It took quite a bit longer than anticipated, but an even more “BF” version of Nvidia’s “BFGPU” has finally arrived. On Tuesday, the GeForce RTX 3090 Ti finally stomped onto store shelves with more, well, everything than its already-ferocious namesake, from graphics cores to memory speeds to even power pins. Tapping into all that power doesn’t come cheap, however. The GeForce RTX 3090 Ti starts at $2,000 for Nvidia’s own Founders Edition model and will no doubt only go up from there for kitted-out custom boards from the likes of EVGA, MSI, Asus, and others.
It’s a hefty price to pay, but you’ll be getting a frame-spewing, content-creating freak of a graphics card in return. The work-hard-play-hard GeForce RTX 3090 already topped our gaming benchmark charts at 4K resolution (though we found Nvidia’s 8K gaming claims to be a bit…forced) and blew through 3D rendering and other prosumer tasks like no other. “The extravagant GeForce RTX 3090 is a poor value for pure gamers, but a stunning value for creators who can use its massive 24GB of memory,” we summed up in our review.
We didn’t receive a GeForce RTX 3090 Ti in for review, but judging by the specs Nvidia sent over, its value proposition remains identical—just more so.
The original RTX 3090 was only very slightly cut down from its max potential, so Nvidia didn’t have much room to work here. The Ti’s 10,752 CUDA cores is only a few hundred more than the 10,496 found inside the vanilla RTX 3090, for example, and the massive 24GB memory buffer remains a ginormous 24GB. That said, the GDDR6X memory has been given a solid speed boost, going from an already-blazing 18Gbps to a face-melting 21Gbps. The corresponding leap in overall bandwidth will no doubt provide tangible benefits in memory-bound 4K gaming and content creation tasks. Clock speeds also increased, going from 1,700MHz boost speeds in the O.G. 3090 to 1,860MHz in the Ti.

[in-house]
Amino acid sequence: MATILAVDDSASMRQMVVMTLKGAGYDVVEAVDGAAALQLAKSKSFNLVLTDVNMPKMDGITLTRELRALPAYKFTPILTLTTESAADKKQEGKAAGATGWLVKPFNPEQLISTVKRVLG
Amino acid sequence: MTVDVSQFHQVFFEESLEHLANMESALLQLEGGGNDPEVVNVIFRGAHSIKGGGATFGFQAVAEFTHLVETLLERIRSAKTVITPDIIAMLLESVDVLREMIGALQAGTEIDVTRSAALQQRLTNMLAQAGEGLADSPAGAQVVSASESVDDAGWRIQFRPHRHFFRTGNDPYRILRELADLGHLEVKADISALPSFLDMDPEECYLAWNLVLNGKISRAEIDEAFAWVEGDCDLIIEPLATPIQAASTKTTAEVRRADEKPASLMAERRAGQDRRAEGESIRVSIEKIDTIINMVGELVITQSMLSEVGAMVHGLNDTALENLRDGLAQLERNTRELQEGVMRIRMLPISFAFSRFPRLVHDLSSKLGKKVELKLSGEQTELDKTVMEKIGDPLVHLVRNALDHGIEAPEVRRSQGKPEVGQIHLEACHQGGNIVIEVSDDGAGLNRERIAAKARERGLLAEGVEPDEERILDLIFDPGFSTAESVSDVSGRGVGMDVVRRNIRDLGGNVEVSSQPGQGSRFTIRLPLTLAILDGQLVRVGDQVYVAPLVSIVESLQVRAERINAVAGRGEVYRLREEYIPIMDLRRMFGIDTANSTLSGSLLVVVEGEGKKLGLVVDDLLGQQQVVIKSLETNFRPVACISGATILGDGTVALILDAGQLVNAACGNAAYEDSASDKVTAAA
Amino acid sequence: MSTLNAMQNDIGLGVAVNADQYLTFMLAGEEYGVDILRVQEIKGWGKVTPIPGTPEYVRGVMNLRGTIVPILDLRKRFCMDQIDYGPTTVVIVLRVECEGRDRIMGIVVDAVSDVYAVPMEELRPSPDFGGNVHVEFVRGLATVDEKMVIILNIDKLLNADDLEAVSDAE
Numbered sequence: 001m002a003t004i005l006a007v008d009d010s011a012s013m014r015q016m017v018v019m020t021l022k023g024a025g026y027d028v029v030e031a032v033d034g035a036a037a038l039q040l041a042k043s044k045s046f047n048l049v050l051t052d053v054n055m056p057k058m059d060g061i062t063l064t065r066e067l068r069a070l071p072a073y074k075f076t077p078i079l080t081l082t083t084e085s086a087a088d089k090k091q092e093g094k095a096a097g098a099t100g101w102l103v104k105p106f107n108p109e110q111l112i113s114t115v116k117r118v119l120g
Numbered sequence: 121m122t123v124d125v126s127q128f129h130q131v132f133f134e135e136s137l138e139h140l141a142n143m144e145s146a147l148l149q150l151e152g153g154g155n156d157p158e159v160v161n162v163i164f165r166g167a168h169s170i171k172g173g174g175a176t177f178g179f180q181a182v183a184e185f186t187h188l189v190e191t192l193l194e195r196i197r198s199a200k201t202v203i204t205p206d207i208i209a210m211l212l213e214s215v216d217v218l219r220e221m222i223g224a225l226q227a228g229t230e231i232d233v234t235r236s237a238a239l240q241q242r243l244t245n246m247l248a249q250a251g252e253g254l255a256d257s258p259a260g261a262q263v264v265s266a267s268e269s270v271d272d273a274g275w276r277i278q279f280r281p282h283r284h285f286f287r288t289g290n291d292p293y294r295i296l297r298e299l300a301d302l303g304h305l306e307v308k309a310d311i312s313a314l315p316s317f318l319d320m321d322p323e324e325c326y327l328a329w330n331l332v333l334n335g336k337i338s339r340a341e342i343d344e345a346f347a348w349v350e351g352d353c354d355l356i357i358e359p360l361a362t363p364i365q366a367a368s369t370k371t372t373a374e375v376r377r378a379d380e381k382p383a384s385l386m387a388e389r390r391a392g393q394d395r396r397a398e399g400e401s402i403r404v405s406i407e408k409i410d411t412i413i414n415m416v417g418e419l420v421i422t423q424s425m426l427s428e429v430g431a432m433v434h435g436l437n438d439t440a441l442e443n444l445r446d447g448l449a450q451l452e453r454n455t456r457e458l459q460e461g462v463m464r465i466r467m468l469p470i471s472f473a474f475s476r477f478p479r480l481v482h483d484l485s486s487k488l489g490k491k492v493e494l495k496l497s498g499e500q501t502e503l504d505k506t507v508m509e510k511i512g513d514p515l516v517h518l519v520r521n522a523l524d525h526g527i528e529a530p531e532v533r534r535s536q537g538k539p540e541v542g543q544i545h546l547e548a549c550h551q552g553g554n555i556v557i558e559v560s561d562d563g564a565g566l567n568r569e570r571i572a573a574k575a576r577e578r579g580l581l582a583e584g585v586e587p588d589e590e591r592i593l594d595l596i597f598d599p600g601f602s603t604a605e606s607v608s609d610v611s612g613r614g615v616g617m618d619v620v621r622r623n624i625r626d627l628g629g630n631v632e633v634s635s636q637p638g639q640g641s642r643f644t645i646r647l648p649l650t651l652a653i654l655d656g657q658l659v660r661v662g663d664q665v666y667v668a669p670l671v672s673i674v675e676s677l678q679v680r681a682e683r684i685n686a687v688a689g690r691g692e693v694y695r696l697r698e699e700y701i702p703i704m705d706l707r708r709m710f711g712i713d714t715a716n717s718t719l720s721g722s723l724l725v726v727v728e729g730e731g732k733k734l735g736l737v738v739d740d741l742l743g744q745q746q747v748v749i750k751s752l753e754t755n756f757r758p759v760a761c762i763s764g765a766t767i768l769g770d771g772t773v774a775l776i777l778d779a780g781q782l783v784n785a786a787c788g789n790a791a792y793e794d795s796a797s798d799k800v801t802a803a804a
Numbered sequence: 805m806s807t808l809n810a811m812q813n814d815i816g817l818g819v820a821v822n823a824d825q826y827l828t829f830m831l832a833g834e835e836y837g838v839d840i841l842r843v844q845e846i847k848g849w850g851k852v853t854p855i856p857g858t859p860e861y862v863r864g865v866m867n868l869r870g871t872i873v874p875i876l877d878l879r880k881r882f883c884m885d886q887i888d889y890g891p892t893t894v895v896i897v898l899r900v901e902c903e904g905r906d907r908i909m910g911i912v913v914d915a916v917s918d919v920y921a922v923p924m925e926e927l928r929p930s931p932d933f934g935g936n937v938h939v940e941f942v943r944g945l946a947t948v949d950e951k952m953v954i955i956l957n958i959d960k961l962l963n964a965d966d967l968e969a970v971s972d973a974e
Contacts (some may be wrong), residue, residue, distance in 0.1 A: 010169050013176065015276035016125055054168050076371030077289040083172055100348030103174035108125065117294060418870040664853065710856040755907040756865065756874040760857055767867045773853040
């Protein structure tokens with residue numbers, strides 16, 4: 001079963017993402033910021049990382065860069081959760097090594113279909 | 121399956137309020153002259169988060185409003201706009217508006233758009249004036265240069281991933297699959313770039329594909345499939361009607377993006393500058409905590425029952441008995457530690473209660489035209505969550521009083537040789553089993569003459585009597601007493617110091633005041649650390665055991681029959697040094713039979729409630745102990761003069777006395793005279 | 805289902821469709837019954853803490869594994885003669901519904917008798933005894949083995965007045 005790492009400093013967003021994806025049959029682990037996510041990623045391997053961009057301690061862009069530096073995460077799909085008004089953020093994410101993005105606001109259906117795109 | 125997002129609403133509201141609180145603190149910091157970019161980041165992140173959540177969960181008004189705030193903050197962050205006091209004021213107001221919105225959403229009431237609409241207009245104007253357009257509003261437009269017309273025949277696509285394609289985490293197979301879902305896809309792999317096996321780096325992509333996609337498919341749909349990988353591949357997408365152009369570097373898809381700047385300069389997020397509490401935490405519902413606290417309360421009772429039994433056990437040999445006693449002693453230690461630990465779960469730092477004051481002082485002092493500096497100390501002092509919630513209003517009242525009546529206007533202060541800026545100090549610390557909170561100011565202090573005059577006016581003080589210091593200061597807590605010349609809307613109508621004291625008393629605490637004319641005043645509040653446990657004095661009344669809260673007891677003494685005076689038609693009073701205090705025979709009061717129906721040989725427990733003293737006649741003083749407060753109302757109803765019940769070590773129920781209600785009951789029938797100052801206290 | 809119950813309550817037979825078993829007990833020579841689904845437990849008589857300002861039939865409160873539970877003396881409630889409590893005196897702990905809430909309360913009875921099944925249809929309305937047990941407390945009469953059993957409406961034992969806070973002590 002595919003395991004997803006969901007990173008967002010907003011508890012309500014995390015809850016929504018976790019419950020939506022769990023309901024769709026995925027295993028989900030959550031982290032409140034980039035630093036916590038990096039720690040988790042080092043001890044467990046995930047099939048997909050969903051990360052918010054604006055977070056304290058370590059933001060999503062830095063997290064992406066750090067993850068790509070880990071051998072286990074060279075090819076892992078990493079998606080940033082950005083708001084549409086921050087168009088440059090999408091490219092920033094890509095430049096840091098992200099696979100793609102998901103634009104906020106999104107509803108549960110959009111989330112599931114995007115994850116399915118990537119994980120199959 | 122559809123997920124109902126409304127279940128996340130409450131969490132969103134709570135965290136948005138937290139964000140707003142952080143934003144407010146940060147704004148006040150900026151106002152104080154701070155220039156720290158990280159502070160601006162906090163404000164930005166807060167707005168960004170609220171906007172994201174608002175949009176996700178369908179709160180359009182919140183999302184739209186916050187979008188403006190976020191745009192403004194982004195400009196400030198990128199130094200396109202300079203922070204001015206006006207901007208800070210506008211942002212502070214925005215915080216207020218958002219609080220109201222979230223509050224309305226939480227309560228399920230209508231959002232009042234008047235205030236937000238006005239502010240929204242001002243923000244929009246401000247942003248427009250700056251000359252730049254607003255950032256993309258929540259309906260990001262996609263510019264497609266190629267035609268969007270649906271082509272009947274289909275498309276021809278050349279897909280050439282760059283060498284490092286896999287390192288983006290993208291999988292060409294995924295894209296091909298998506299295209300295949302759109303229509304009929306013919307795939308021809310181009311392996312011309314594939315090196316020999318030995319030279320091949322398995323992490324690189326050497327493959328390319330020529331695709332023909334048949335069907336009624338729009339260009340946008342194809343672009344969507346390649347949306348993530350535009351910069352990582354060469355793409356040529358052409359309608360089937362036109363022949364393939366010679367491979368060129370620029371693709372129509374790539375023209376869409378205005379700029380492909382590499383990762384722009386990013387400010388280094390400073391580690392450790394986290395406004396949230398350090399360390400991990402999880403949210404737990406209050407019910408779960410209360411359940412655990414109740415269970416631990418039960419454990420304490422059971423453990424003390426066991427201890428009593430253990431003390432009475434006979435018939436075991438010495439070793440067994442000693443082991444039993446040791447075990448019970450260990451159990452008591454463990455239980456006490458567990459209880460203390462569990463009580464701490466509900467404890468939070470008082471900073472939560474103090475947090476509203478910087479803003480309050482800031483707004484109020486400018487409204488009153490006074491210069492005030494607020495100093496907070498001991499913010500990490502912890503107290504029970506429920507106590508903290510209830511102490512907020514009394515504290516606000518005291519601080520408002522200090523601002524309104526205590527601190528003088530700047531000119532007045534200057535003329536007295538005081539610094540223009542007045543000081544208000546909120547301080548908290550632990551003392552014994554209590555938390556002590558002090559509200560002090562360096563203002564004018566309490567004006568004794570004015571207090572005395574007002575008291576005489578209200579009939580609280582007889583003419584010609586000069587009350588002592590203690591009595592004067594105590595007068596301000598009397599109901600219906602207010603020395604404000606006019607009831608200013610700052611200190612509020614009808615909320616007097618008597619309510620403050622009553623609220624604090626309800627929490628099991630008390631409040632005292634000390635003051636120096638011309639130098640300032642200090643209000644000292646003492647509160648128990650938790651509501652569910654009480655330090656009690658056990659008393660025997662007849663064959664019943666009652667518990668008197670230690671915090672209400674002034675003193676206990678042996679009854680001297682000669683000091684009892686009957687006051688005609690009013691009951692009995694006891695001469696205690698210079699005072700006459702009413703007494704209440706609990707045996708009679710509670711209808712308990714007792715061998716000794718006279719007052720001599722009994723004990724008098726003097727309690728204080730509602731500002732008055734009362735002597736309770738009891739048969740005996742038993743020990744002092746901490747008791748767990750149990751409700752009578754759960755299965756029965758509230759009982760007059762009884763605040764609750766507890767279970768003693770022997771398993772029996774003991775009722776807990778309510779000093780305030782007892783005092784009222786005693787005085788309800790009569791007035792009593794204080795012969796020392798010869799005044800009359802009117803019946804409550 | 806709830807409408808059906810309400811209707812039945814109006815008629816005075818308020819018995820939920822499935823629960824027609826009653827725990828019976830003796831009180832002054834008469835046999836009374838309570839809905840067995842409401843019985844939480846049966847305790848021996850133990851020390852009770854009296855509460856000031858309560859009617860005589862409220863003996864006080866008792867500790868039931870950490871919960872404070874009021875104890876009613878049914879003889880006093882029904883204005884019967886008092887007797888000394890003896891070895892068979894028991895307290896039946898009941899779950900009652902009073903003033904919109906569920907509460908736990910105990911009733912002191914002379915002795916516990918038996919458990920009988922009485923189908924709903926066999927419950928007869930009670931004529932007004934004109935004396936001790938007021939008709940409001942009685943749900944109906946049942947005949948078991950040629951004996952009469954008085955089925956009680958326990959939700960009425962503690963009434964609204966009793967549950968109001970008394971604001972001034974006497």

Those tweaks make the RTX 3090 Ti absolutely guzzle down power, though. The original RTX 3090 was already pushing the boundaries of energy use, drawing 350W via a 12-pin power adapter that split into two standard 8-pin connectors. The RTX 3090 Ti sports the first-ever use of the 16-pin power connector outlined in Intel’s new ATX 3.0 power spec, which splits out into a trio of 8-pin connectors that plug into your power supply. It uses them, too, sucking down a staggering 450 watts of juice. Holy moly. Nvidia recommends using an 850W power supply at minimum with the card.
To sum things up, here was our bottom line in our original RTX 3090 review:
“Nvidia calls the RTX 3090 a “BFGPU,” and it’s just as potent as the BFG it takes its name from. If you need the ultimate graphics card for work and play, the GeForce RTX 3090 earns our hearty recommendation, along with our Editors’ Choice award. It topples Titans for $1,000 less and chews through 4K gaming with nary a whisper. Buy it if you can put that massive 24GB VRAM buffer and NVLink to good work—or save a bunch of money with the RTX 3080 if you’re only looking to get outrageous gaming frame rates.”
Assuming your power supply (and your wallet) can handle the load, the GeForce RTX 3090 Ti is an even more potent spin on the most hard-hitting graphics card in the world. It’ll no doubt be in short supply, so don’t hesitate to snap one up if you’re a 3D artist. Gamers looking for elite-level frame rates may want to consider sitting tight for a while, however, as rumors suggest that AMD is poised to reveal upgraded versions of its own Radeon RX 6000-series graphics cards soon. That includes a RX 6950 XT intended to replace the Radeon RX 6900 XT, an (ostensibly) $1,000 GPU that traded blows with the original RTX 3090 for a whole lot less. After years in a GPU wasteland, things are finally picking up.